What to Say (And Not Say) to a Woman Who Has Had a Miscarriage

Recent research has found that women will have more miscarriages than they will live births. Yet, for something so common for so many, the conversation surrounding miscarriages (and the mental and emotional toll they can take on a woman) is still kept hush-hush.  

While some women may not disclose that they have had a miscarriage, for those who do tell their loved ones, it’s important they have the proper support to get them through this oft-painful experience.

Because miscarriage is so “taboo” and misunderstood, there can be confusion and doubts about what to say (and not say) to a woman who has miscarried. This can lead to isolation during what’s already an emotionally fraught time.

“Everyone is different but there are some common feelings women experience after a miscarriage,” says Julie Larson, LCSW. “Sadness is the most obvious, and is related to how attached a woman can feel even after a few weeks. Many women experience regret or guilt as they wrestle with the unknowns of why a miscarriage has happened.”

Larson adds that women who have had a miscarriage may feel anxiety, fear, and insecurity about themselves and their bodies.

Partners and Spouses

If you’re the spouse or partner of a woman who has suffered a miscarriage, you yourself will likely feel a spectrum of emotions, explains Mary Breen, LCSW. These feelings can range from devastation, to sadness, or even relief.

“Your feelings are important and they are valid,” Breen says. “However, during this extremely sensitive time, they simply can’t take center stage.” She recommends finding a support system for yourself (whether that be friends, siblings, or your therapist) to talk about your feelings so that you can completely be there for the woman in your life.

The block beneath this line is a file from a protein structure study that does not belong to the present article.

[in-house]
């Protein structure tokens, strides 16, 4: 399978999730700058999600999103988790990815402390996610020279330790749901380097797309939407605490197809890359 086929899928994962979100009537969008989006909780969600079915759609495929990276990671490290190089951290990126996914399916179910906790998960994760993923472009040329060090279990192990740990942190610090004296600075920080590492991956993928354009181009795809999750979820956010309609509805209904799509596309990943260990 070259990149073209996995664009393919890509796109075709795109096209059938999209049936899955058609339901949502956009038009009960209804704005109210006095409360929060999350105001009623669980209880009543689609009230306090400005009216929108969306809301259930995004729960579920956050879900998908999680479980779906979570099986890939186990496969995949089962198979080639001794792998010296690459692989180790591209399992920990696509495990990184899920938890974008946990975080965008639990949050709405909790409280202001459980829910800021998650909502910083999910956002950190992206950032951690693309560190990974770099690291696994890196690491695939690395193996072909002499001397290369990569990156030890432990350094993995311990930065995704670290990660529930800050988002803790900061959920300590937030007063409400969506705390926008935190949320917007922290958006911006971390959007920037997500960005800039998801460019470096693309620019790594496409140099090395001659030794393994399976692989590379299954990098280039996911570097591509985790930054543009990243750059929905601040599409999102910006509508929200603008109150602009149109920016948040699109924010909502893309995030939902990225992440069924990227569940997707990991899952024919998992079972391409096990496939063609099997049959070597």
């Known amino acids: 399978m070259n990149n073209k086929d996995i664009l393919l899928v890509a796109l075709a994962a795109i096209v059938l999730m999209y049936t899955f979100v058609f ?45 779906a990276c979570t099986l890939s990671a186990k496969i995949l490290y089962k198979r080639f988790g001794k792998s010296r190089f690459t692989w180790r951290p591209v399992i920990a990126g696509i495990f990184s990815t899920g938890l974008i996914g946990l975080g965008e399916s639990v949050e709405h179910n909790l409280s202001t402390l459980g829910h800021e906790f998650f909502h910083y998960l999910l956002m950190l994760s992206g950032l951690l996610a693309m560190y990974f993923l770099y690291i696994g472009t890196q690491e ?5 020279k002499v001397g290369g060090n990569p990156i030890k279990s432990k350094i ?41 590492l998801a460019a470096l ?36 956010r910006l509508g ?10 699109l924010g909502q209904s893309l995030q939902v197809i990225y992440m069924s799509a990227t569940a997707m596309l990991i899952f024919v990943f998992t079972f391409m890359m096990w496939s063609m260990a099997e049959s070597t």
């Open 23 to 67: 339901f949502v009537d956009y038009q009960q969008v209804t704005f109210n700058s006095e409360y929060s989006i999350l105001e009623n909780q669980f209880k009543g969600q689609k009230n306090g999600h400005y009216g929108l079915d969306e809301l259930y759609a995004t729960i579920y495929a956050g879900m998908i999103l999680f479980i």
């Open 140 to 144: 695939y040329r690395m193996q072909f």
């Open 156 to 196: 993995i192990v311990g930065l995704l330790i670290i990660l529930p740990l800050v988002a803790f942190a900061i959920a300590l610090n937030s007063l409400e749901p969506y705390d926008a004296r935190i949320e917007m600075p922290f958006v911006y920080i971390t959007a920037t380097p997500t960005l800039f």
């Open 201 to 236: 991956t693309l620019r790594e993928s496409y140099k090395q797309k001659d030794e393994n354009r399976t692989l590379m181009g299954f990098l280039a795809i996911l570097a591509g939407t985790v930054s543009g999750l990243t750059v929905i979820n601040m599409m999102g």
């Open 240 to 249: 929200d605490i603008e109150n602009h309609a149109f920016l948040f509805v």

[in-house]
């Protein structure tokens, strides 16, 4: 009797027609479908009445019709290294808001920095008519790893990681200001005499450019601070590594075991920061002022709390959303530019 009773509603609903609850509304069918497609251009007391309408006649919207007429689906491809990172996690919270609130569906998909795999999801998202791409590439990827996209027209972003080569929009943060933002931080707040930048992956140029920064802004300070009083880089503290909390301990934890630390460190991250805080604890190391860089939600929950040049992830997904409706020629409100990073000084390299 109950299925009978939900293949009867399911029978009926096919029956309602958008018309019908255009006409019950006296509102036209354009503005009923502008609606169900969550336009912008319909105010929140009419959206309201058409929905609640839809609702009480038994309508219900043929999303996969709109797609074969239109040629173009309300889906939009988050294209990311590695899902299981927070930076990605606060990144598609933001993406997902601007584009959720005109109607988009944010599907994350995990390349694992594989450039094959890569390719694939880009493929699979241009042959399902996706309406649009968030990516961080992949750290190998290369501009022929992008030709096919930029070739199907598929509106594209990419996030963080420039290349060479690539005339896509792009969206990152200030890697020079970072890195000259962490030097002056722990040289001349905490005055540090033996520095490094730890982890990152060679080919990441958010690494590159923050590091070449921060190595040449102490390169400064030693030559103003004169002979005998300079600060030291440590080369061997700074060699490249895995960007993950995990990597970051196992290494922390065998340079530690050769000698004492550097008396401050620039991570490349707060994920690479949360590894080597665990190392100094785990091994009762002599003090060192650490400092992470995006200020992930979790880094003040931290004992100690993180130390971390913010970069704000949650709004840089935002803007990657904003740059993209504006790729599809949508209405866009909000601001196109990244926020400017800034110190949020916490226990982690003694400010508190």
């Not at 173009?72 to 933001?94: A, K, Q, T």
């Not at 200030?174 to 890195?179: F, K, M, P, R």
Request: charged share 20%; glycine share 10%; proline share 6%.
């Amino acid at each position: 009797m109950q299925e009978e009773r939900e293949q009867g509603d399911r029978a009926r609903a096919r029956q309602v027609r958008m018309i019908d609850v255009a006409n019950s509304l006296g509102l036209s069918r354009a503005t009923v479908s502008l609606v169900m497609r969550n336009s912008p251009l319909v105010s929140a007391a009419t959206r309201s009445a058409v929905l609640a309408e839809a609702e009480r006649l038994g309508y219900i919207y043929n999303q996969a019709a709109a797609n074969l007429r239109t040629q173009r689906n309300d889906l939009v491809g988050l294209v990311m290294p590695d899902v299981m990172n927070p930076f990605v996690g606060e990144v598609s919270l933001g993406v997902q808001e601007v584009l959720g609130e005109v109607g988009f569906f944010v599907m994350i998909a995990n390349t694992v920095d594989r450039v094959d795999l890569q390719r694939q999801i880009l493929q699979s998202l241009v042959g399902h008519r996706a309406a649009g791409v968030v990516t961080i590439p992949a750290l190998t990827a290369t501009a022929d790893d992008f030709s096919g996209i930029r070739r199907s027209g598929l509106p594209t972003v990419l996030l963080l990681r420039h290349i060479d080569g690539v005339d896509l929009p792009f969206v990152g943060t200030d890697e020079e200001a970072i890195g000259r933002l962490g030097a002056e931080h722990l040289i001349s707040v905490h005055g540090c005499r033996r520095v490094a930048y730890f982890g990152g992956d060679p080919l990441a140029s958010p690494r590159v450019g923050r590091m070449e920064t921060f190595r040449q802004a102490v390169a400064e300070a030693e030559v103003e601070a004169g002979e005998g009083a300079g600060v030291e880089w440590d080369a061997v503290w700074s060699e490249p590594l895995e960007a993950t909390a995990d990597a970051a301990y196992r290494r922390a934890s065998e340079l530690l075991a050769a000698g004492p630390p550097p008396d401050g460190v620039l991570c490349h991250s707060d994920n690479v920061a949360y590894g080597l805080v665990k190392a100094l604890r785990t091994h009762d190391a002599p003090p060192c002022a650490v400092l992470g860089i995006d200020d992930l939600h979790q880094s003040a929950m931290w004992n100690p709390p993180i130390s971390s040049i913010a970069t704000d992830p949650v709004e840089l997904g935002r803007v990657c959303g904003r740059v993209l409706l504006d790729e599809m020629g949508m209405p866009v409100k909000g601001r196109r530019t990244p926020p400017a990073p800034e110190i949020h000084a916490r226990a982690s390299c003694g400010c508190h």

Breen explains, “Miscarriage is an embodied trauma impacting your partner’s physical and mental wellbeing. You cannot know what this feels like, but you can hold her pain by listening, reiterating that it wasn’t her fault, and making sure she doesn’t have to go through it alone.”

Support from a spouse or partner can be in the form of openly talking about what she wants and needs to do next that’s best for her, i.e. using medical intervention for managing the loss, trying to become pregnant again or waiting, etc.

It can also be by helping out in ways big and small around the house, whether it be taking on duties such as cooking or cleaning or taking on more parenting duties for the time being if you already have children, Breen suggests.